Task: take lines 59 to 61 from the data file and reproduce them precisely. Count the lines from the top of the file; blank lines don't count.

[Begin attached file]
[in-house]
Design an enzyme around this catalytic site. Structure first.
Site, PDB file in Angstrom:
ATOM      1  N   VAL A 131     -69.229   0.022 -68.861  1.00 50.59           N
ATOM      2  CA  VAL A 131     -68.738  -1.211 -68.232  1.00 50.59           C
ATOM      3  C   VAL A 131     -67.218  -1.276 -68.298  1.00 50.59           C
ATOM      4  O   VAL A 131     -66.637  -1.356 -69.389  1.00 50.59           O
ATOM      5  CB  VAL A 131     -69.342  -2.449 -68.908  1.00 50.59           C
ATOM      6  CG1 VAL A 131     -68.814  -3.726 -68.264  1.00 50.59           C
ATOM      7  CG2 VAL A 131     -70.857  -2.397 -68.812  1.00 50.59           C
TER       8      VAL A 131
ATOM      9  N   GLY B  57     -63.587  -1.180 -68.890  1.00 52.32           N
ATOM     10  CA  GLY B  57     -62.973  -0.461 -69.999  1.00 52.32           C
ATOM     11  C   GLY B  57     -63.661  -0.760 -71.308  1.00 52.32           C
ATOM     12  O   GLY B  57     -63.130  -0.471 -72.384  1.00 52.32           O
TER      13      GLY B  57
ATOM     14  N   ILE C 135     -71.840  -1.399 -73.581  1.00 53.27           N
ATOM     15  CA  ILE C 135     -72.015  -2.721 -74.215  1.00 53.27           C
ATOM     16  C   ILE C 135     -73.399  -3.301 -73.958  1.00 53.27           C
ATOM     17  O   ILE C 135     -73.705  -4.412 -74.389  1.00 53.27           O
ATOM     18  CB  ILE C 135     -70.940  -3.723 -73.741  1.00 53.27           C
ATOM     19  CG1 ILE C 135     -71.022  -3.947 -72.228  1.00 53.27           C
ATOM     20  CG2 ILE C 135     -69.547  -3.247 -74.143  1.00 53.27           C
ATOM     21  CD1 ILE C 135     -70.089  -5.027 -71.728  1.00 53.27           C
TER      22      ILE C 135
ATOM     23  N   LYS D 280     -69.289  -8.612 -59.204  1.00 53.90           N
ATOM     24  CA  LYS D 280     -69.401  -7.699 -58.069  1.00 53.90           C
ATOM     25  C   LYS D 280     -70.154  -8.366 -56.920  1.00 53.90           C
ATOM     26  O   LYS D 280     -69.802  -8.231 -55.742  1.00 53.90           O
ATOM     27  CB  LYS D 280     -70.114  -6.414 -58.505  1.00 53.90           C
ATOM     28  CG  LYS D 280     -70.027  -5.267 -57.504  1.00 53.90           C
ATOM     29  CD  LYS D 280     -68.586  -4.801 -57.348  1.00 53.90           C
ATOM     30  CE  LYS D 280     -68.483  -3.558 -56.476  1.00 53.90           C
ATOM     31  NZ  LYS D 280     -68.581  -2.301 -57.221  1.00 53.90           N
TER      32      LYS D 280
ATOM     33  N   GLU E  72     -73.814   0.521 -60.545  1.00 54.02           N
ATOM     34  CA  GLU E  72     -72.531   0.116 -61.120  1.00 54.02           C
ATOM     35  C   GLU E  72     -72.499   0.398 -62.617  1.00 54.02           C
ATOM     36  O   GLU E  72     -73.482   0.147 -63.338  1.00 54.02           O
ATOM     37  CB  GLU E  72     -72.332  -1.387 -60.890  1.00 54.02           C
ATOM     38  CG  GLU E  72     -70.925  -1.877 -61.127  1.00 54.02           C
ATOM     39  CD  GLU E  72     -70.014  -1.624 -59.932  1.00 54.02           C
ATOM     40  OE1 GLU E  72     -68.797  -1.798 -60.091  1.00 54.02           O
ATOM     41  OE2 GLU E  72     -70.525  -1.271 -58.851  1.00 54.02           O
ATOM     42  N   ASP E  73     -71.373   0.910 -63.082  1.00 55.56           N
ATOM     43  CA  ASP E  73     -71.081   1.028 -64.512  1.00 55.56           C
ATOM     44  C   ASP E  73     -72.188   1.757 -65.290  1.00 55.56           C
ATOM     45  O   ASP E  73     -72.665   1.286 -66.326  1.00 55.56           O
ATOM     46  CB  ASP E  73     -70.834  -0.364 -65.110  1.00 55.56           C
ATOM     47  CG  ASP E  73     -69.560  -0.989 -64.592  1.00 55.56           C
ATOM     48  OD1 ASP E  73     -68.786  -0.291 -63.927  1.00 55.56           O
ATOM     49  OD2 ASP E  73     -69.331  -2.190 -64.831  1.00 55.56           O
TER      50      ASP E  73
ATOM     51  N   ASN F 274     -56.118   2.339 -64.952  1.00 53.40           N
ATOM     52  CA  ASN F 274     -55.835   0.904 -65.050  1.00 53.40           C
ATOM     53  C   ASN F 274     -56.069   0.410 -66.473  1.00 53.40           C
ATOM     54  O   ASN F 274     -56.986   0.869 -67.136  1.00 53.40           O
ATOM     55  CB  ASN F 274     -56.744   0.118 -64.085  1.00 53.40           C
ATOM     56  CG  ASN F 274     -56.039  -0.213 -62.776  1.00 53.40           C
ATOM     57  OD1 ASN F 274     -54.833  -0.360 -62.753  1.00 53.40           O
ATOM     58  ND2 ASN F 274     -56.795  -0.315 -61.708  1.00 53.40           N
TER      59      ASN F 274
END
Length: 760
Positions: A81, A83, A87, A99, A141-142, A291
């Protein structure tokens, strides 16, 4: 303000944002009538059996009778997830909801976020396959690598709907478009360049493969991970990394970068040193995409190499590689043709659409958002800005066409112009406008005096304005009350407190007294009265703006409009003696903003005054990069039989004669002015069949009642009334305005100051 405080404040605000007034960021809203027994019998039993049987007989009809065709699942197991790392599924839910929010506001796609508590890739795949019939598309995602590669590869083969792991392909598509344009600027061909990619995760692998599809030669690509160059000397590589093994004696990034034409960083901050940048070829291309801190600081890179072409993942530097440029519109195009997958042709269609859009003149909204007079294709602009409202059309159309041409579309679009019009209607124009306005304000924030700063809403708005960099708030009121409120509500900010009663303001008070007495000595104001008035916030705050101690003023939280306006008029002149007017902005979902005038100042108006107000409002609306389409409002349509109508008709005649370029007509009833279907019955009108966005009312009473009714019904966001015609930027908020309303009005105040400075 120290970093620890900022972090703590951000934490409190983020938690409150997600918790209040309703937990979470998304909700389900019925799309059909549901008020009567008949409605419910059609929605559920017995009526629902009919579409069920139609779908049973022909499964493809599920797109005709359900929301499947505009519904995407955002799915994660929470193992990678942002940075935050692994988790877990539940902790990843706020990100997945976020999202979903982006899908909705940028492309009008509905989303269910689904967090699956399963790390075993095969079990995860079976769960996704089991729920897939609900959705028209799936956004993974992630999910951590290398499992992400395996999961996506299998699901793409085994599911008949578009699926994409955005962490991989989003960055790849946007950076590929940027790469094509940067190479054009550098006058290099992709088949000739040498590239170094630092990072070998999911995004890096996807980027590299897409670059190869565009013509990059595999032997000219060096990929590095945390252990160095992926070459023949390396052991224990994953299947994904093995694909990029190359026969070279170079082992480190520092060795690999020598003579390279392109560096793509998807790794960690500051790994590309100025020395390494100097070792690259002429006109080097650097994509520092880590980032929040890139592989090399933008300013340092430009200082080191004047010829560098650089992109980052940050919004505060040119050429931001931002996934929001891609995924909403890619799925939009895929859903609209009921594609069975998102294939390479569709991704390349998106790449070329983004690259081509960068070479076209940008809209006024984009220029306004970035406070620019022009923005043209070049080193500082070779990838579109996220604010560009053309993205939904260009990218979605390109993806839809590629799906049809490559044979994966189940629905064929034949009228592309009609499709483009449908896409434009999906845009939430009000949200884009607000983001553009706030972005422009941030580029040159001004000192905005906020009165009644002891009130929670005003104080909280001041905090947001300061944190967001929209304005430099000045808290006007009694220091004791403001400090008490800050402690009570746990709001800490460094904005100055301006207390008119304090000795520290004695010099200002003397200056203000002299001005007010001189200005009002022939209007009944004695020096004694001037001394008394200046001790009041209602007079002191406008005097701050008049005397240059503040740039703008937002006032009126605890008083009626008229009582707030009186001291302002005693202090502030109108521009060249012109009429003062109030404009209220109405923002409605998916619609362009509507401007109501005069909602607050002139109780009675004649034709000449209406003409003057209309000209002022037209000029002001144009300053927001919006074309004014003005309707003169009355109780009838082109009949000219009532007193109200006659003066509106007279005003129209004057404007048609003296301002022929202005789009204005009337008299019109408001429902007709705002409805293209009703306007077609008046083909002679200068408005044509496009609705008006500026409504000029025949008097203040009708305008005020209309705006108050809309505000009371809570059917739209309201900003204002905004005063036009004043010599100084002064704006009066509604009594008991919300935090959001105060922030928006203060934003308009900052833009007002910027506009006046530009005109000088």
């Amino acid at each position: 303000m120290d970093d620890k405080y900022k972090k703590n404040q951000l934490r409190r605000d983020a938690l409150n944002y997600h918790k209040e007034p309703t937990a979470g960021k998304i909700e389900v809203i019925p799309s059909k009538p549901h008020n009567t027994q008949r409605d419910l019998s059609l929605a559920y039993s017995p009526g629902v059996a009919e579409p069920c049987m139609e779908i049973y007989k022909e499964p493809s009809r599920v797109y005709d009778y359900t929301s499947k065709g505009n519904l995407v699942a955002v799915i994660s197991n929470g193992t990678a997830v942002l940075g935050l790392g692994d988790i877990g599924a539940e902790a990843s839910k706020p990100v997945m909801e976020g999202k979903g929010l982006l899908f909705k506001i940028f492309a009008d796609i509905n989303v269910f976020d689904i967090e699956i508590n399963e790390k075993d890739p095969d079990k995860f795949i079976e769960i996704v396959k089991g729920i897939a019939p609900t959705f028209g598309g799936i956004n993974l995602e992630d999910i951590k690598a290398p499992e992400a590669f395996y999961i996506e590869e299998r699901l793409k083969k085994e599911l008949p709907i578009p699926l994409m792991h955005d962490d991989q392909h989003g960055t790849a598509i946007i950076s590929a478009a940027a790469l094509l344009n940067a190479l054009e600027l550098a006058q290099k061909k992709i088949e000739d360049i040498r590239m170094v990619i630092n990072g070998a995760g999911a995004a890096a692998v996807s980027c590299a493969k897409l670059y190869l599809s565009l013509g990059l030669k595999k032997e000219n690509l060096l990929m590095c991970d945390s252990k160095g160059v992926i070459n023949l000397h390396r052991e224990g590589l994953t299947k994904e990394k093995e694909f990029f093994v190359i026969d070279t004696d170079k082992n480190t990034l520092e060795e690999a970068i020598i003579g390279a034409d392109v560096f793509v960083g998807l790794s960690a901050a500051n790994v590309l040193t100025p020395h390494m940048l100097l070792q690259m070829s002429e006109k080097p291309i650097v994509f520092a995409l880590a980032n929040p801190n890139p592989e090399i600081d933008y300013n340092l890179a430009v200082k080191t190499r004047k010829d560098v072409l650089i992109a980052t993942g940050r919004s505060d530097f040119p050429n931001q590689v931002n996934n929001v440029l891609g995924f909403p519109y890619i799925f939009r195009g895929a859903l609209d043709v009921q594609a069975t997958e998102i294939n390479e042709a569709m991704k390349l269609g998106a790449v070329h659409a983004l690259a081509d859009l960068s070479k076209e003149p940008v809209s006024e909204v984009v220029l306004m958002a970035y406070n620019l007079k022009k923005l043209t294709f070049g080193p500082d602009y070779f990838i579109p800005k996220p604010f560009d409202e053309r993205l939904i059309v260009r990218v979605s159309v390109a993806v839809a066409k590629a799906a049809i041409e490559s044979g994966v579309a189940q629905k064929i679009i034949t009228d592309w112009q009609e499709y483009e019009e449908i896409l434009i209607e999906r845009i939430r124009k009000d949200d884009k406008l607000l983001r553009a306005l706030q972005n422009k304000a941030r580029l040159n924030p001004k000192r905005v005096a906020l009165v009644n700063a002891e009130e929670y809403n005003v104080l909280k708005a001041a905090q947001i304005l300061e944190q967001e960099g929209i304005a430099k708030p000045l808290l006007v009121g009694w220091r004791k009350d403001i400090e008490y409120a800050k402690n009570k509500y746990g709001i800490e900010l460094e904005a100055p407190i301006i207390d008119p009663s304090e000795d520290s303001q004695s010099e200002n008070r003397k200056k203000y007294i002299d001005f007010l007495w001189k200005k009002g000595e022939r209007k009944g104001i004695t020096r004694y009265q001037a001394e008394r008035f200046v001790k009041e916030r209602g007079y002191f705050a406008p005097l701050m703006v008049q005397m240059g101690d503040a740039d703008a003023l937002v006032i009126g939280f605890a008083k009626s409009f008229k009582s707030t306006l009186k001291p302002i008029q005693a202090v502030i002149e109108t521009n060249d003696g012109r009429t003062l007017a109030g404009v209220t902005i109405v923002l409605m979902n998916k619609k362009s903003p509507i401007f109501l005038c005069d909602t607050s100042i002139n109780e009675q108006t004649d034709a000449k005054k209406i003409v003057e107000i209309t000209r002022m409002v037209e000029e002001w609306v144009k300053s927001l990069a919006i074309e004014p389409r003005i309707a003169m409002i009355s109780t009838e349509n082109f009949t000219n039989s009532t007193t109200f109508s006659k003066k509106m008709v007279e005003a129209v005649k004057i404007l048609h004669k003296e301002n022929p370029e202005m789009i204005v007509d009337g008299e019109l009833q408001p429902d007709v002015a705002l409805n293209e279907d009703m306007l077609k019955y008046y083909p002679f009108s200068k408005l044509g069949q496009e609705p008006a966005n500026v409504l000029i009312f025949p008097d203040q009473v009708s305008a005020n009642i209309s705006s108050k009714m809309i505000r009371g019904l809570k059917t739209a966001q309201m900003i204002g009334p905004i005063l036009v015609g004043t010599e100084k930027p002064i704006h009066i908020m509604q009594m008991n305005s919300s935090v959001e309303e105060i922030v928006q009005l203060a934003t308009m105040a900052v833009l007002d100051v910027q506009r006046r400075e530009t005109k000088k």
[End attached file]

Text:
ATOM     56  CG  ASN F 274     -56.039  -0.213 -62.776  1.00 53.40           C
ATOM     57  OD1 ASN F 274     -54.833  -0.360 -62.753  1.00 53.40           O
ATOM     58  ND2 ASN F 274     -56.795  -0.315 -61.708  1.00 53.40           N